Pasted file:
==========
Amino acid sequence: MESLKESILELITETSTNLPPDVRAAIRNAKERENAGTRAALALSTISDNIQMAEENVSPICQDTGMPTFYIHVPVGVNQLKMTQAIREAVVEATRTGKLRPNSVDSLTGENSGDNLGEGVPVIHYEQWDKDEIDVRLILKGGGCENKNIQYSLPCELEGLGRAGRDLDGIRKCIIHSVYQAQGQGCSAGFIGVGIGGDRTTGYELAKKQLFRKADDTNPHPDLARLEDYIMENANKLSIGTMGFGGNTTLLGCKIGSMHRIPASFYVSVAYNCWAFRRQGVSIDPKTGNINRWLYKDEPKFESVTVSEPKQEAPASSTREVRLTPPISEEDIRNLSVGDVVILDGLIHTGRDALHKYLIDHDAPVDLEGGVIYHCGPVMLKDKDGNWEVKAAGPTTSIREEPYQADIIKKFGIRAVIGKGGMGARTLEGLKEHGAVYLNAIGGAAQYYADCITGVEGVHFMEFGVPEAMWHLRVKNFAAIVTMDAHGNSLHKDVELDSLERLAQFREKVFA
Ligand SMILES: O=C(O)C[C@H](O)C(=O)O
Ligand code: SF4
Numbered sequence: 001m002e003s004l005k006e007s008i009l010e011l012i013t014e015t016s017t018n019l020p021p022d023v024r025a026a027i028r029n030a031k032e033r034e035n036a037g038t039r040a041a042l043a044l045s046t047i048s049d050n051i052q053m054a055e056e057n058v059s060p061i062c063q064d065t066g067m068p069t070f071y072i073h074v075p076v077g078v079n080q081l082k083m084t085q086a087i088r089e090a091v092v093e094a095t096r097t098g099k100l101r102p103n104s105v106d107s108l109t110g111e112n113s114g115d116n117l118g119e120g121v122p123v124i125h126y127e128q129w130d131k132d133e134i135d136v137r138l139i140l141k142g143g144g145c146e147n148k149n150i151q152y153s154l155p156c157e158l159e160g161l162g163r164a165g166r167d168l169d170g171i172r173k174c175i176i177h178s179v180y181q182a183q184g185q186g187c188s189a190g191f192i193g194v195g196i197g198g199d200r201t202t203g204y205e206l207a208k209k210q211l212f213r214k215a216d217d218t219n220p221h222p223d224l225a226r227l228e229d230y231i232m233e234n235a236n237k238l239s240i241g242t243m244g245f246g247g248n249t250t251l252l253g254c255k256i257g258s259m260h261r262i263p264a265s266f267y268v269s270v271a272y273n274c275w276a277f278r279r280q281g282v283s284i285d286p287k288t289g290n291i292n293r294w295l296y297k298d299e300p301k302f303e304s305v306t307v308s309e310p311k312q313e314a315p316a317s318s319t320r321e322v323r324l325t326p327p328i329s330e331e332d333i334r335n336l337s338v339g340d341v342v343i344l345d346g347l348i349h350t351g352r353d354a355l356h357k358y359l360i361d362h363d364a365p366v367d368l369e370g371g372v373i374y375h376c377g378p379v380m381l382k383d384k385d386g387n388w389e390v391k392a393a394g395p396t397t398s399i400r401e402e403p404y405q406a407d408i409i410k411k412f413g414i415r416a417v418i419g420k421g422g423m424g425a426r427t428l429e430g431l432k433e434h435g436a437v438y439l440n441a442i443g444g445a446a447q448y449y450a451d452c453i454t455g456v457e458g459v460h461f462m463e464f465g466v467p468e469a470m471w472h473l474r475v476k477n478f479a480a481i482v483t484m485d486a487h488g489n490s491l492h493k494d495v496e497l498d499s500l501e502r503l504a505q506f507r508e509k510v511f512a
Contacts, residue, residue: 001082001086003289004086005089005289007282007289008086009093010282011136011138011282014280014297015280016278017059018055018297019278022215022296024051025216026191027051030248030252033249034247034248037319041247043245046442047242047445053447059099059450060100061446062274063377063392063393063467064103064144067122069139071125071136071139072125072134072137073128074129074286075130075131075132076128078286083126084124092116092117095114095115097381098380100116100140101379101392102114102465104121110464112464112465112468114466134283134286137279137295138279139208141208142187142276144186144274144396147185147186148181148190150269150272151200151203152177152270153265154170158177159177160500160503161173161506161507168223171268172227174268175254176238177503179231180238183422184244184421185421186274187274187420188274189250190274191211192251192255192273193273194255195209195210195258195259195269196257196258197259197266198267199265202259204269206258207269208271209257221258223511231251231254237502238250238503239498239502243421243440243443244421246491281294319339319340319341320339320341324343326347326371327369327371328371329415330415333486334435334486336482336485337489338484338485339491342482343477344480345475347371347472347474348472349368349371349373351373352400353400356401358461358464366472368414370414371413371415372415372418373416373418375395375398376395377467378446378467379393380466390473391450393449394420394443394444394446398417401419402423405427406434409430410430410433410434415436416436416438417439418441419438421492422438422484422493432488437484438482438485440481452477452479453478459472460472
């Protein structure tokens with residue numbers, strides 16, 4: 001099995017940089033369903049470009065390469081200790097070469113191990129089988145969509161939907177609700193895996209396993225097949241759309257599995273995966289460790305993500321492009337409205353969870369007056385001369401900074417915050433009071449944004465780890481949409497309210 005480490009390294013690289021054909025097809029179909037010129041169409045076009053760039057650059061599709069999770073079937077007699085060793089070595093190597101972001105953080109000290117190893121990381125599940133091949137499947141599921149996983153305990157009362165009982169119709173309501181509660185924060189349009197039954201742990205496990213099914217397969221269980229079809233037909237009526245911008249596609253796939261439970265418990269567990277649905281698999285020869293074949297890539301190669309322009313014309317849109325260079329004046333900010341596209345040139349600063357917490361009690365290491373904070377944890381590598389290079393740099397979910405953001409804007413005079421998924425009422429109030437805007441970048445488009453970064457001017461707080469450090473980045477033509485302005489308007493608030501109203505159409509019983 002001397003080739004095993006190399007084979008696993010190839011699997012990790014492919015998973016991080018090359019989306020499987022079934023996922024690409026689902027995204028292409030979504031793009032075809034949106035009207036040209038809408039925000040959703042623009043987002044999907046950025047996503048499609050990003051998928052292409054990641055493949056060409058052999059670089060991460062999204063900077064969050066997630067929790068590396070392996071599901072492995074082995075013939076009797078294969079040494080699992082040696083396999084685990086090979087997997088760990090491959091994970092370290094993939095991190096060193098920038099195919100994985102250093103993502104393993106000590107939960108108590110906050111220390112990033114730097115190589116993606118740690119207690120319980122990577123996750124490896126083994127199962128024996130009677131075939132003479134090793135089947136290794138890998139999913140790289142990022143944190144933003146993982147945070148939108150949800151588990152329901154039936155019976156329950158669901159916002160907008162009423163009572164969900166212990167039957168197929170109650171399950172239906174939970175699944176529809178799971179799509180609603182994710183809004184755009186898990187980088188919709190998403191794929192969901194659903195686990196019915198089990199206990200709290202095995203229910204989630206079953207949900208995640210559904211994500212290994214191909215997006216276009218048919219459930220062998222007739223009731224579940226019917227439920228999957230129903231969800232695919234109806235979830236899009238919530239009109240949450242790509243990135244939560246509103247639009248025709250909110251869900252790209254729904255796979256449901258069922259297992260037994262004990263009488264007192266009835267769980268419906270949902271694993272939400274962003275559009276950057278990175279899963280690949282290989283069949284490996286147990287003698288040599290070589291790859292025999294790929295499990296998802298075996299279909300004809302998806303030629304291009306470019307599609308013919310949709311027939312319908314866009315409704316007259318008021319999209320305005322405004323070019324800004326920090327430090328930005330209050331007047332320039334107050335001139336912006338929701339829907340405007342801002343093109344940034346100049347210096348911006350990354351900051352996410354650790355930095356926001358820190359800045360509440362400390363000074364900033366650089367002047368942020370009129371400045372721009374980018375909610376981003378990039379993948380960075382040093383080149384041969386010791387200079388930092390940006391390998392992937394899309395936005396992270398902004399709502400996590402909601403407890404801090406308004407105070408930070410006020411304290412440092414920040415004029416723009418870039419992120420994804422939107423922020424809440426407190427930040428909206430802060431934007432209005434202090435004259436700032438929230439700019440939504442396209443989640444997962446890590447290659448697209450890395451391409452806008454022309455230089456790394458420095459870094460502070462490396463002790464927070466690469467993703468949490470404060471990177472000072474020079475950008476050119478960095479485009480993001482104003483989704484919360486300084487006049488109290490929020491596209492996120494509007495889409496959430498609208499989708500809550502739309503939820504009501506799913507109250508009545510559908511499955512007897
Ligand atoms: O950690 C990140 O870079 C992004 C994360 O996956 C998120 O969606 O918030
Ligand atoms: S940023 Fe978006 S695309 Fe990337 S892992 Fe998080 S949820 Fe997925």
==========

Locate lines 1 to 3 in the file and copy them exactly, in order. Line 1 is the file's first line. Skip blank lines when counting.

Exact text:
Amino acid sequence: MESLKESILELITETSTNLPPDVRAAIRNAKERENAGTRAALALSTISDNIQMAEENVSPICQDTGMPTFYIHVPVGVNQLKMTQAIREAVVEATRTGKLRPNSVDSLTGENSGDNLGEGVPVIHYEQWDKDEIDVRLILKGGGCENKNIQYSLPCELEGLGRAGRDLDGIRKCIIHSVYQAQGQGCSAGFIGVGIGGDRTTGYELAKKQLFRKADDTNPHPDLARLEDYIMENANKLSIGTMGFGGNTTLLGCKIGSMHRIPASFYVSVAYNCWAFRRQGVSIDPKTGNINRWLYKDEPKFESVTVSEPKQEAPASSTREVRLTPPISEEDIRNLSVGDVVILDGLIHTGRDALHKYLIDHDAPVDLEGGVIYHCGPVMLKDKDGNWEVKAAGPTTSIREEPYQADIIKKFGIRAVIGKGGMGARTLEGLKEHGAVYLNAIGGAAQYYADCITGVEGVHFMEFGVPEAMWHLRVKNFAAIVTMDAHGNSLHKDVELDSLERLAQFREKVFA
Ligand SMILES: O=C(O)C[C@H](O)C(=O)O
Ligand code: SF4